“Why is this the case? People haven’t given the issue enough thought, but it is likely related to liberalism being the higher status ideology. In high school, the unpopular kids will often be obsessed with the cool kids, who are focused on other things. At the activist or media level, liberalism is an ideology, or maybe a coalition of ideologies, while conservatism leans more towards being a movement based on opposition to a dominant group. The movements are not symmetrical; in many ways the psychology of our politics is more analogous to the relationship between colonizer and colonized than the relationship between two ideologies competing on equal footing, as is more the case in other democracies. The culturally dominant group, the colonizers, always has more influence on the colonized than vice versa. That’s why colonized people often relied on ideologies created in the West, like Marxism and nationalism, to justify their political activity even when resisting the colonizers. Relatedly, conservatives use liberal arguments about women’s rights to talk about trans in sports, or will argue for school choice, etc. on the grounds that Democratic policies are racist. In the long run, when we’re living in the same country, the colonized end up being assimilated, though the colonizers can always go a step further with a new thing that people become required to believe and start the cycle over again.”
Conservatism as long as it defines itself as opposed to change is always doomed to lose in the long run. Just consider that all cultural practices of Barstool Conservatives are, in essence, the standard liberal practices of little more than a decade ago. Before Gamergate and BLM, many of today’s conservatives would have opposed the religious conservatism of the last decade – itself a reaction to the large-scale secularization of America during the last 50 years. In contrast, liberalism was always propositive, always “visionary”, and even if today’s vision would offend the vast majority of liberals from the 60s or 80s, the trends are undeniable:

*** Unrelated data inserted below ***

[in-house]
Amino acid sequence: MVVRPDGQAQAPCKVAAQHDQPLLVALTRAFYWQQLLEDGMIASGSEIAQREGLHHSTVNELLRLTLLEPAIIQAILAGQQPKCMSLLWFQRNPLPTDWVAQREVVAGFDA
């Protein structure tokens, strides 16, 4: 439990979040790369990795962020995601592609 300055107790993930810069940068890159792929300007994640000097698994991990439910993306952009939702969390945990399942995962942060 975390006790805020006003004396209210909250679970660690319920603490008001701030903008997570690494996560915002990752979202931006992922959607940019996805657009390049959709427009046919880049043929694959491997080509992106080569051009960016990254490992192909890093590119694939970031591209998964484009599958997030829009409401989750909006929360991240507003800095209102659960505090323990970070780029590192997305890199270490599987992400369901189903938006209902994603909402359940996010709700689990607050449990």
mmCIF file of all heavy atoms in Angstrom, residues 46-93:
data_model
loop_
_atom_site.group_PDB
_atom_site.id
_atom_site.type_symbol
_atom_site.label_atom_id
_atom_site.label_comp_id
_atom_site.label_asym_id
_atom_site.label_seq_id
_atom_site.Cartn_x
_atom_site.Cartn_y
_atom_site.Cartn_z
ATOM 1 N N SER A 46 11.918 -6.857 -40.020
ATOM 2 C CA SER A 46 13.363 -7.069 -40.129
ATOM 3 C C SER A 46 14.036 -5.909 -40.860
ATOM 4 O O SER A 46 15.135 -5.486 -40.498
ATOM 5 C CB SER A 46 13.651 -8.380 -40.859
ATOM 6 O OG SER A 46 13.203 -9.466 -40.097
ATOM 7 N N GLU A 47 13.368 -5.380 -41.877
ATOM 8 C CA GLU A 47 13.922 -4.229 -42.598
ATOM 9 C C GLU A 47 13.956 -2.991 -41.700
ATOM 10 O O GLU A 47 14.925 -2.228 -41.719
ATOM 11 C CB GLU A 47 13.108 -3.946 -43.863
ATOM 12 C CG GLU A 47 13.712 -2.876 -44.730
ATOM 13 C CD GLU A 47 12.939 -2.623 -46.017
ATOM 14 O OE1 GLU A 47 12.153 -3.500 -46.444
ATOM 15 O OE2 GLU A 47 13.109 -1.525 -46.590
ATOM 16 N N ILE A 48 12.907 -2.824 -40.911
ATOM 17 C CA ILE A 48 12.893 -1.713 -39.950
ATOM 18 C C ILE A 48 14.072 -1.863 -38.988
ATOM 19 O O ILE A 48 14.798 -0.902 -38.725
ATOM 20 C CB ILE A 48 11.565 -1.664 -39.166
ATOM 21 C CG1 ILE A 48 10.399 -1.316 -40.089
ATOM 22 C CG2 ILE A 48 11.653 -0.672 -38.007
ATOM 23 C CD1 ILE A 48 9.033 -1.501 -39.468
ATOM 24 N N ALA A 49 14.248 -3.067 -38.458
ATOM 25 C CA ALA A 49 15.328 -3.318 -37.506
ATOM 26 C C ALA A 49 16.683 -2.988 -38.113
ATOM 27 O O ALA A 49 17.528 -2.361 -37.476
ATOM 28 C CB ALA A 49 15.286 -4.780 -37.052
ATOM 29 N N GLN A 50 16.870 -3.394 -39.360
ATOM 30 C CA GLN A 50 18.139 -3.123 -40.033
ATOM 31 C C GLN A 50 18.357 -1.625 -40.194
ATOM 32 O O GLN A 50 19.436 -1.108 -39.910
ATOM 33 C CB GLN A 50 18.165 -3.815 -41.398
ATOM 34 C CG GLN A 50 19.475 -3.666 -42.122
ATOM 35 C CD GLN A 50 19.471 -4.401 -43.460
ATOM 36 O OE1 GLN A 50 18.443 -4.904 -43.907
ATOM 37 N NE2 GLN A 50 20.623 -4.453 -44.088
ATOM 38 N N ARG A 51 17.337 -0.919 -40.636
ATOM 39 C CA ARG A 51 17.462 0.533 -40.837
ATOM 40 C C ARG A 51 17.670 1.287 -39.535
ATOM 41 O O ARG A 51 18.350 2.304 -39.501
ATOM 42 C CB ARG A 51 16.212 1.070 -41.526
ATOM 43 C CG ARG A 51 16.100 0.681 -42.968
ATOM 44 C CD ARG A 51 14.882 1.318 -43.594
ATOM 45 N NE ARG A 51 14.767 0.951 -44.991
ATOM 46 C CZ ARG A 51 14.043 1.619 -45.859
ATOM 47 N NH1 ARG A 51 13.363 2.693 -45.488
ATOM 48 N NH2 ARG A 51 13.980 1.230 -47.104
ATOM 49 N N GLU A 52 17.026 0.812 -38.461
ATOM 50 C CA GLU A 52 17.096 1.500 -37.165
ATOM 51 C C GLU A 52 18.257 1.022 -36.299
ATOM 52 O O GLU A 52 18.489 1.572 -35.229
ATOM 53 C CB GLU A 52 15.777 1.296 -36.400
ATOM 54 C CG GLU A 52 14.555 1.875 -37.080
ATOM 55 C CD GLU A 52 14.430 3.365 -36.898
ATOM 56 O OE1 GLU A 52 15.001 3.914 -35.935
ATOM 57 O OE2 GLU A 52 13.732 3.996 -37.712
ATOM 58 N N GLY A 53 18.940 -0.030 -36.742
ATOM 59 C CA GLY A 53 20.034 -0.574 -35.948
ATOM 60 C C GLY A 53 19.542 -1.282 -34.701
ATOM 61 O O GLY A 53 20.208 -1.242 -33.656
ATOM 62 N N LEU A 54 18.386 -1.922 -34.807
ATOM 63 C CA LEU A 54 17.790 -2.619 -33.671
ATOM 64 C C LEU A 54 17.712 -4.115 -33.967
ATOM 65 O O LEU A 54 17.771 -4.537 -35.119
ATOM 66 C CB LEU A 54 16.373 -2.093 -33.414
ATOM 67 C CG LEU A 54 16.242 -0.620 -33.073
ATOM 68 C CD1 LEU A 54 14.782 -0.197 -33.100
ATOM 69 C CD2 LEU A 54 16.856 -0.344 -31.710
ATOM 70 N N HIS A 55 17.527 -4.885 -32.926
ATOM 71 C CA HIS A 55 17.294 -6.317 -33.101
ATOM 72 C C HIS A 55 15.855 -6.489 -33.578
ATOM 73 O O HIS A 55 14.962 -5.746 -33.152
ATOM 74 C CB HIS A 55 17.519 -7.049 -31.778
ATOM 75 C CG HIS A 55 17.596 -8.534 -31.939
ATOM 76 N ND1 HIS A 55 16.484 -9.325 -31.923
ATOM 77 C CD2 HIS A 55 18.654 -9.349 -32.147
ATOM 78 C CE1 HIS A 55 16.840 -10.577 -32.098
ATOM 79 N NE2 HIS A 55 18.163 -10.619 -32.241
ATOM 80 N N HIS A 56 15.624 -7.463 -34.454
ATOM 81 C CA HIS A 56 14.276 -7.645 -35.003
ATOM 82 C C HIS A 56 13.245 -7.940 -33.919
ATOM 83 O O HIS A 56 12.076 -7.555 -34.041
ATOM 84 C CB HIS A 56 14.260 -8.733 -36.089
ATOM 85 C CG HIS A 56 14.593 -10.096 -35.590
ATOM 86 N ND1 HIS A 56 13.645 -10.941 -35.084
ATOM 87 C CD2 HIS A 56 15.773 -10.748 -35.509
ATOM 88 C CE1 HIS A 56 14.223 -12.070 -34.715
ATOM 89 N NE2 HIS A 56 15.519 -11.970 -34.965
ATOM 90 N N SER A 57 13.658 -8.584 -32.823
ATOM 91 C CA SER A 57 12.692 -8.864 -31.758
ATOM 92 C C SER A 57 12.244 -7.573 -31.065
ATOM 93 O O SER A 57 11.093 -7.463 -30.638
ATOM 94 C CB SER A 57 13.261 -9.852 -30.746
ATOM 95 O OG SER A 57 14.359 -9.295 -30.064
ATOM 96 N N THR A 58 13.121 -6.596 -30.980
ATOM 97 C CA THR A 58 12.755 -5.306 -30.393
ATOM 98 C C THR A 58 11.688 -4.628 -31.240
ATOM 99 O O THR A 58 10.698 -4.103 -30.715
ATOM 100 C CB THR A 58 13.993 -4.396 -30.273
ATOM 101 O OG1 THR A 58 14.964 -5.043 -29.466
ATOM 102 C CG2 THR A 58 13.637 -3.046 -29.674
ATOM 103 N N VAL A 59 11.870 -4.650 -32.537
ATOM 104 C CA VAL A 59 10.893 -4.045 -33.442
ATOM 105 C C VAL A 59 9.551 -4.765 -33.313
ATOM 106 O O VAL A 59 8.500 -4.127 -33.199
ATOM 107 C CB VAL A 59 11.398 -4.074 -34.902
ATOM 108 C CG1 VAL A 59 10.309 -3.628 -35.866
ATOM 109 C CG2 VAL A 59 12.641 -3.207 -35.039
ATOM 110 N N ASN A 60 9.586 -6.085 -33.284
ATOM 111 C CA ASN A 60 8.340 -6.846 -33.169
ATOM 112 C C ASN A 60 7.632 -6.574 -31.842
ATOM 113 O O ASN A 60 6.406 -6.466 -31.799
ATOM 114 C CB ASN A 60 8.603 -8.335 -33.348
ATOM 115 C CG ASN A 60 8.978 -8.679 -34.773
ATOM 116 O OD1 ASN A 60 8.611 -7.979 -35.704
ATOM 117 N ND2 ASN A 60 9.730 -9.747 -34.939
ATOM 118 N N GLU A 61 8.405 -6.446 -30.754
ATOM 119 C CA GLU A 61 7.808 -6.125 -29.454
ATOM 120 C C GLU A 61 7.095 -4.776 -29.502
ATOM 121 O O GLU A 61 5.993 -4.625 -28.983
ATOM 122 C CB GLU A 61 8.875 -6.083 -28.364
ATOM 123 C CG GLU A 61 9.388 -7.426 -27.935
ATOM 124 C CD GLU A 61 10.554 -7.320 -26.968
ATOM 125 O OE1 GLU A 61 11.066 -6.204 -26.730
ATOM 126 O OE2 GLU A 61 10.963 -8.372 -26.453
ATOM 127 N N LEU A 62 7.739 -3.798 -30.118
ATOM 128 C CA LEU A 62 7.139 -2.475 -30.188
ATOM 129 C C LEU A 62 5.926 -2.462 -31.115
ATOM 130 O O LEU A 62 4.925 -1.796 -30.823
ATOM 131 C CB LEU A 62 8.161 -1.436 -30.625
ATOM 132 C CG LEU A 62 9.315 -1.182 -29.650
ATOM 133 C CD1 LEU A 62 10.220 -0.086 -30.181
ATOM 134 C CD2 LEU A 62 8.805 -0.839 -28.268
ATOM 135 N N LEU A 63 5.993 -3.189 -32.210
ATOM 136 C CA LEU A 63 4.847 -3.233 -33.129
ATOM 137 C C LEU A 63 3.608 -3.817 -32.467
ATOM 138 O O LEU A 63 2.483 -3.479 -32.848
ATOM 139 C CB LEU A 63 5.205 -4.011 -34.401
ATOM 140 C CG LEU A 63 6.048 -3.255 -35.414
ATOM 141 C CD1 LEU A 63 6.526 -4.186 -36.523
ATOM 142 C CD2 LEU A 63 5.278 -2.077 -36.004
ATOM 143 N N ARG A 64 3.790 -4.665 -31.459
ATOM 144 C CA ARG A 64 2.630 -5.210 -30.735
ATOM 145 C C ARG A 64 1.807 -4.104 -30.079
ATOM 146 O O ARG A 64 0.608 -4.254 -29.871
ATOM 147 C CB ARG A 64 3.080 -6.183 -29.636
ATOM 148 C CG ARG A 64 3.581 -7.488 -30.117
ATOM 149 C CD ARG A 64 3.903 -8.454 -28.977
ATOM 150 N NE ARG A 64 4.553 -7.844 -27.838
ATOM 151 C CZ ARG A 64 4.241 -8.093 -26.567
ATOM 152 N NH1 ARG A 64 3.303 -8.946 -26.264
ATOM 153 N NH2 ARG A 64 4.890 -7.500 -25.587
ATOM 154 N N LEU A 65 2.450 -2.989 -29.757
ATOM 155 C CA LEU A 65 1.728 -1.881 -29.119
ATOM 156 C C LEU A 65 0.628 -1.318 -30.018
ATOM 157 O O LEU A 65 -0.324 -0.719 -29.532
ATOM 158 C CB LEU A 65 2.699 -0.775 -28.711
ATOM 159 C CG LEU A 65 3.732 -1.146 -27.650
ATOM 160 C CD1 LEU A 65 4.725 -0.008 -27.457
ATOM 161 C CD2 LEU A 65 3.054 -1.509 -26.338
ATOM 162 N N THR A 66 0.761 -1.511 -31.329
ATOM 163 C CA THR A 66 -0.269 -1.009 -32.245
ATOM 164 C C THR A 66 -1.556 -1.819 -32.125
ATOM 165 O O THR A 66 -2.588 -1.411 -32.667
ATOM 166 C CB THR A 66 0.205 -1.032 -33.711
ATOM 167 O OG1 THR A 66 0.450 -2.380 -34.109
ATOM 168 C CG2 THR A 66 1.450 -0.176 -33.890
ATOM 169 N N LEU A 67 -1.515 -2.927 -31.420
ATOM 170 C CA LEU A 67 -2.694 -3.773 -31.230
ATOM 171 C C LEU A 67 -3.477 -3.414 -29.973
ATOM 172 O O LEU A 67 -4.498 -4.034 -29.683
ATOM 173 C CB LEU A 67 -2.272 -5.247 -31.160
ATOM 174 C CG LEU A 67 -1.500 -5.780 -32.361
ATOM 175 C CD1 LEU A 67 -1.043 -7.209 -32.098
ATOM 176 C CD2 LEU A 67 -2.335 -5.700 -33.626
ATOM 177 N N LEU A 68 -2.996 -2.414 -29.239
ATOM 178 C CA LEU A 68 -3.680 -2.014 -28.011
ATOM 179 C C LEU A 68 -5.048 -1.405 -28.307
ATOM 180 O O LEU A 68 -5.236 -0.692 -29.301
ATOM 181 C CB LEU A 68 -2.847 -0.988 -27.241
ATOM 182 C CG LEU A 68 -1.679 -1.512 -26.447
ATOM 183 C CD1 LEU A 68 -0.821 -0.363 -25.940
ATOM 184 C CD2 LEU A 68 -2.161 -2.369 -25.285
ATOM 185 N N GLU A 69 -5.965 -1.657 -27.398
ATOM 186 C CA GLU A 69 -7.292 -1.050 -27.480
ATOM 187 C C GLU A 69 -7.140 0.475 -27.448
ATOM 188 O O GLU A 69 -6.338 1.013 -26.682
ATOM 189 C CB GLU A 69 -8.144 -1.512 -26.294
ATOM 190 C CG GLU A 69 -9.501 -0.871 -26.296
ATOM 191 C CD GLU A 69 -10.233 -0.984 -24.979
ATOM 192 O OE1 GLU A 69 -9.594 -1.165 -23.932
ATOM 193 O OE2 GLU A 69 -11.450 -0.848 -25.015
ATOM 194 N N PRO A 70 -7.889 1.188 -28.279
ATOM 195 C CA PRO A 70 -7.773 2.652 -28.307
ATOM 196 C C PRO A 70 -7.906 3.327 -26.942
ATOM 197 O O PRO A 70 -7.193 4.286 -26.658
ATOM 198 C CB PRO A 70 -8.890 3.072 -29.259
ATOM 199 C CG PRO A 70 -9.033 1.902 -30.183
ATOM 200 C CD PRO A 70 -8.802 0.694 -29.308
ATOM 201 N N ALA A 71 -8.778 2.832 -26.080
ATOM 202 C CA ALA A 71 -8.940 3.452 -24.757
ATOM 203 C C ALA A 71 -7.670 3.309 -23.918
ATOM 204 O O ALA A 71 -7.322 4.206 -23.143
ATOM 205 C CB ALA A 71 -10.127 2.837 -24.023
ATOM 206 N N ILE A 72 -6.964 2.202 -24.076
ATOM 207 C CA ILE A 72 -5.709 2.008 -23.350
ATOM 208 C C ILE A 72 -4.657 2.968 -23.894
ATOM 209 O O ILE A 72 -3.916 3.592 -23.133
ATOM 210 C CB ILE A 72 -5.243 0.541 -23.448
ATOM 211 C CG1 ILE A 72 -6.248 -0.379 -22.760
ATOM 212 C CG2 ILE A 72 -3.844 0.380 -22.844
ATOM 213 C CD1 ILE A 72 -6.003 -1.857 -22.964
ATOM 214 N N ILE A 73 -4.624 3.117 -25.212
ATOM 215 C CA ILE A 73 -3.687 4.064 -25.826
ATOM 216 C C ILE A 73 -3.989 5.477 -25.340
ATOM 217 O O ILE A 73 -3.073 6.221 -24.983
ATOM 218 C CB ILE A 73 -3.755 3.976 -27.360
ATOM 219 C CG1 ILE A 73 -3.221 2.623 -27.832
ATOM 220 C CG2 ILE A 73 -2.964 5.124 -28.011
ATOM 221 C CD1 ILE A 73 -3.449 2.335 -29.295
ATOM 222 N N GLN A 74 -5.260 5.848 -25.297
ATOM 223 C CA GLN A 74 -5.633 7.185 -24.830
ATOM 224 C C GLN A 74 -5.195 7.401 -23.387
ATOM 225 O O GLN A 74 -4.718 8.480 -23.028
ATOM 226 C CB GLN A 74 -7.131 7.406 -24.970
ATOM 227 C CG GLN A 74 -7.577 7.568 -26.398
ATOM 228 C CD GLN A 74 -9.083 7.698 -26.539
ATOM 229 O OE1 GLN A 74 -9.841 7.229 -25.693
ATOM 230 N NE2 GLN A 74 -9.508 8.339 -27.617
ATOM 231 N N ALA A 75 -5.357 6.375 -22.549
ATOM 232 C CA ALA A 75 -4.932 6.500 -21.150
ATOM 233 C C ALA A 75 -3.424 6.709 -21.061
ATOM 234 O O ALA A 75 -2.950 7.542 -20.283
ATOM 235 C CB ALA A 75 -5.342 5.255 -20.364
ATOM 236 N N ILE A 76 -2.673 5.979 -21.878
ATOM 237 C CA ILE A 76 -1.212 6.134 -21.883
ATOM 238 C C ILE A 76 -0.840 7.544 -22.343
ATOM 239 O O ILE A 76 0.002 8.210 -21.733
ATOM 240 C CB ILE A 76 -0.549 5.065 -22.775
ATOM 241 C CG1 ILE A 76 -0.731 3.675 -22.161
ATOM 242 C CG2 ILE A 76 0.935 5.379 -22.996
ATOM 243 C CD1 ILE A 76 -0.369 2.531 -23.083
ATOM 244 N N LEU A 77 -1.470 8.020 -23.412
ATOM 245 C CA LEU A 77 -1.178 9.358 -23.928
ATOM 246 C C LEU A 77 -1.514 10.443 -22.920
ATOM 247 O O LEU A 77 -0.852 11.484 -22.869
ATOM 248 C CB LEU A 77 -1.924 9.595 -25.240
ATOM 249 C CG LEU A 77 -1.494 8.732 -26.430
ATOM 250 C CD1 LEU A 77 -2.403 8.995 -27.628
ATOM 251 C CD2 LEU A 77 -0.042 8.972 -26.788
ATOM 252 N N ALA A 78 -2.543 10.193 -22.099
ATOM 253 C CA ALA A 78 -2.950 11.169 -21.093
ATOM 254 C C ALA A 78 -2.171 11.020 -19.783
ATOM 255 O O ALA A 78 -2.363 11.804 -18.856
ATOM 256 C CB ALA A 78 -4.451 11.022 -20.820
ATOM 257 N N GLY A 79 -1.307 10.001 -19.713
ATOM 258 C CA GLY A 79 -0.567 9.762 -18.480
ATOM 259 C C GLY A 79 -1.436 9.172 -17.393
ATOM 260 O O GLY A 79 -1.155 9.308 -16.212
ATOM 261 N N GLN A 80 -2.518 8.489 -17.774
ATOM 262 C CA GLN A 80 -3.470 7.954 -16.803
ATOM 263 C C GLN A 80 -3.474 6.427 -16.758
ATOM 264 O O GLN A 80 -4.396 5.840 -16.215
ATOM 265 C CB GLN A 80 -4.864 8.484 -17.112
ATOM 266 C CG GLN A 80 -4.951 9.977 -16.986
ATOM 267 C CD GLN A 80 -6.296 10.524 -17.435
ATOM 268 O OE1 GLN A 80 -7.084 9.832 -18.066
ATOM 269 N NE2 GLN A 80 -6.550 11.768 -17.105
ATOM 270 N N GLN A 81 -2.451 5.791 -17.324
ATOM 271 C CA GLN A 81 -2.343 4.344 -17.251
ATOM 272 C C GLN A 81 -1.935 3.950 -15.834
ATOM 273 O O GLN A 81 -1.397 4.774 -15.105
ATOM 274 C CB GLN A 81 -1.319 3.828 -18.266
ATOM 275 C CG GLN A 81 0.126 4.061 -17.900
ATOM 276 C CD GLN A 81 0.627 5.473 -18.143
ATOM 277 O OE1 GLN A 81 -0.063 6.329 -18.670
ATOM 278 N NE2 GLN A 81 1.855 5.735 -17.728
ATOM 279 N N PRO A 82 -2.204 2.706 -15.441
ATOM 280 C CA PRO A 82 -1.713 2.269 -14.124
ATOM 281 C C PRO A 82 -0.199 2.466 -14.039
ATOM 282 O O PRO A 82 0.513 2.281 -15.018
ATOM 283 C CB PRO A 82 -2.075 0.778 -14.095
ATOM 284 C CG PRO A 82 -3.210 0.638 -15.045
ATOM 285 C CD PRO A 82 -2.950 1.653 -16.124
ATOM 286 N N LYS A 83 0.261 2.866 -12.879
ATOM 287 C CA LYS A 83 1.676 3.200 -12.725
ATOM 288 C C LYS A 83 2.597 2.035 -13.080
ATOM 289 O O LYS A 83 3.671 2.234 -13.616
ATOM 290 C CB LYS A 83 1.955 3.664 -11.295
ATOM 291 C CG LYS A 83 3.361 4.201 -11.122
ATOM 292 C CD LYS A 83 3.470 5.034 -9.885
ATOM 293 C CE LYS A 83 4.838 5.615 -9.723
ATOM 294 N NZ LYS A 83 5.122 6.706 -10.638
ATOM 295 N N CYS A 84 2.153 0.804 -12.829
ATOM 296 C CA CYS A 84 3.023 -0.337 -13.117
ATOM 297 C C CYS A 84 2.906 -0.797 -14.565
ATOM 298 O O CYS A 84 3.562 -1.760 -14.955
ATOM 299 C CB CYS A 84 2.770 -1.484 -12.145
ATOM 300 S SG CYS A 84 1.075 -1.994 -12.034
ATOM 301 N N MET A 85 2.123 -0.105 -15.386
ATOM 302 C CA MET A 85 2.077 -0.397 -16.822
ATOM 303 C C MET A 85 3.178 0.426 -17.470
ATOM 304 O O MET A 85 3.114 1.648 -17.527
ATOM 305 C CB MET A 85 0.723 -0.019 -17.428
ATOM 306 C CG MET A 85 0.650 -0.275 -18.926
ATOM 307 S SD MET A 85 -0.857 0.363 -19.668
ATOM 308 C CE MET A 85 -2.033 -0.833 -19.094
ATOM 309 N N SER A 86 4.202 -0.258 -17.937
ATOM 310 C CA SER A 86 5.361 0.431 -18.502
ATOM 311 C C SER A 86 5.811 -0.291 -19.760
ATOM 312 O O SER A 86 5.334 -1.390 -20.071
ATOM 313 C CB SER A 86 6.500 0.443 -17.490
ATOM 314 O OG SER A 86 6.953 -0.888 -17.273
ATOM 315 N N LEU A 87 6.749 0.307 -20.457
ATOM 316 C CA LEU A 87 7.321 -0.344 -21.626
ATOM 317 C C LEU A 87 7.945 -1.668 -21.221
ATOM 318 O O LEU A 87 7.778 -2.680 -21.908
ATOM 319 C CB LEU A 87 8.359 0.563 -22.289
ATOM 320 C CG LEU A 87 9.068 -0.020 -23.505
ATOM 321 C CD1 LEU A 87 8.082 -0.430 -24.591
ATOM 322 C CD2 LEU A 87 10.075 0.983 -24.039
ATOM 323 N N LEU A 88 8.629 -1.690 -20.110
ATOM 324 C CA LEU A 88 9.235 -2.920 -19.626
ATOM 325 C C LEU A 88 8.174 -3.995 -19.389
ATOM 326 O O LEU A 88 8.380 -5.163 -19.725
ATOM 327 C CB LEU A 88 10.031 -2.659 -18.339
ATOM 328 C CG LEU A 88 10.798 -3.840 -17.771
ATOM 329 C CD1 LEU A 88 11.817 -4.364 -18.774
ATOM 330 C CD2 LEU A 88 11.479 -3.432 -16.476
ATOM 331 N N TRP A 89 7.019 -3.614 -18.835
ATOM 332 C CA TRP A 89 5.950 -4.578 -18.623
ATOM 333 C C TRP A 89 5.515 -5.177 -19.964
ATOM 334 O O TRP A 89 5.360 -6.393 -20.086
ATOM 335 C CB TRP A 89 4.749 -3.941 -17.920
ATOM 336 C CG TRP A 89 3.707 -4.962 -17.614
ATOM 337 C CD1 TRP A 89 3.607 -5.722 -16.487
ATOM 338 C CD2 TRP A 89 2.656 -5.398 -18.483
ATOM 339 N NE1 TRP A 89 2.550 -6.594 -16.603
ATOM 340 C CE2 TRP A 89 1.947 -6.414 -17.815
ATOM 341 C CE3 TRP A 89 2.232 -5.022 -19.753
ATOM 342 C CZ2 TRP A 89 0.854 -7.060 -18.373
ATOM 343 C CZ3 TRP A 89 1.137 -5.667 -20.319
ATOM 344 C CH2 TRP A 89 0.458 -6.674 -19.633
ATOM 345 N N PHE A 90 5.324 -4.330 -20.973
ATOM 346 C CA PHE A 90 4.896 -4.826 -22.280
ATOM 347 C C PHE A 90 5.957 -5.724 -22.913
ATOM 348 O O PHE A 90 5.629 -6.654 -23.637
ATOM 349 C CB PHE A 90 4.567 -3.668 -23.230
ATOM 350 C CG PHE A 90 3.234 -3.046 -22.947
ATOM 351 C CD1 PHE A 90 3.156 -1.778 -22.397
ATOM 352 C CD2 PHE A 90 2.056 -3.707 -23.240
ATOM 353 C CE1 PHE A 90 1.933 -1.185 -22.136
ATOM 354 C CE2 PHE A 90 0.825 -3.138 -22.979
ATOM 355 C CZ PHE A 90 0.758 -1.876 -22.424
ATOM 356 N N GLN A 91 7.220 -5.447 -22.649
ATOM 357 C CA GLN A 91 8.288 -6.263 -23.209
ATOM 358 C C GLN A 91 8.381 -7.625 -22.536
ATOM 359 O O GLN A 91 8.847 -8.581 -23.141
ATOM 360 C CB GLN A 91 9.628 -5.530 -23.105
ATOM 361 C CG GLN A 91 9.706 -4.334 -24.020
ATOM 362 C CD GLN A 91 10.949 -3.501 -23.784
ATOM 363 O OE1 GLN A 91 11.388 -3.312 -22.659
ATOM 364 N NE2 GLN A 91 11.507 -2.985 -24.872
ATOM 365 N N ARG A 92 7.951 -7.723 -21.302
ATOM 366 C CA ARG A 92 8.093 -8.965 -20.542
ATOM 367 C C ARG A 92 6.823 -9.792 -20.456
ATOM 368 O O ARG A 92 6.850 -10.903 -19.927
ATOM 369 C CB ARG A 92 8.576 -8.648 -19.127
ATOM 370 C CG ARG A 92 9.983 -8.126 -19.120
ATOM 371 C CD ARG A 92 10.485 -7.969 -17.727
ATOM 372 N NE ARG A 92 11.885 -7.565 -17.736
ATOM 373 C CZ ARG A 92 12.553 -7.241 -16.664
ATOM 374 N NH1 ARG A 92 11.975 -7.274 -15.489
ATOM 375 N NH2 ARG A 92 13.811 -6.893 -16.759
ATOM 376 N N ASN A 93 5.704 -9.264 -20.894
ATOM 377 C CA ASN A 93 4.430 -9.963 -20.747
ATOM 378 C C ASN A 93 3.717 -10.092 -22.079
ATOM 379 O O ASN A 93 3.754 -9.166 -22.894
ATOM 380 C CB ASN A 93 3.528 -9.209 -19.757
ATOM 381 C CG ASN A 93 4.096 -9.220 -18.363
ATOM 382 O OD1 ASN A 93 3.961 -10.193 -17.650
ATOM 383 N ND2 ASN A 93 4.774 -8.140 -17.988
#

Whatever the reader’s thoughts on the merits of each side of culture war battles, the fact is that one side has been consistently winning – and, as Hanania points out, going a “step further” after that. Barstool conservatism, in its attempt to recreate 2000s liberalism, is an iteration of the old cycle. They forget that 2000s liberalism was the root of 2010s social justice and 2020s wokeism. Whenever a liberal imagination confronts a conservative disposition, regardless of the short-term victories of either side, the former will prevail.
The Dilemma of the Right
Most of us consider Right and Left in the terms established during the French Revolution. One side, the “Left”, was made up of revolutionaries, egalitarians, liberals, people who urged for change and for the implementation of a novel, radical vision of society. To be on the “Right”, on the other hand, was to defend the status quo and the unequal Ancien Régime that predicated a higher status for the Church and the nobility. However, in this two different worldviews were conflated: one of them being the aforementioned “conservative disposition”, the resistance to the new; the other, the belief in the fundamental inequality of people.
The problem with this arrangement, naturally, is that throughout most of human history those two inclinations were more often than not opposed to each other. If history, as it used to be believed, moves through the acts of “great men” – the visionaries of their times – then it will be more often than not that we will find people of a conservative disposition resisting them. It was so, for example, in the murders of Socrates and Jesus, two figures that proposed radical change. As long as history was understood as a “catalog of greatness”, those who wanted to further civilization through exploring new boundaries did so inside and according to the tradition of the West. A tradition of transgression upon transgression, by the words and acts of great men, followed by great men.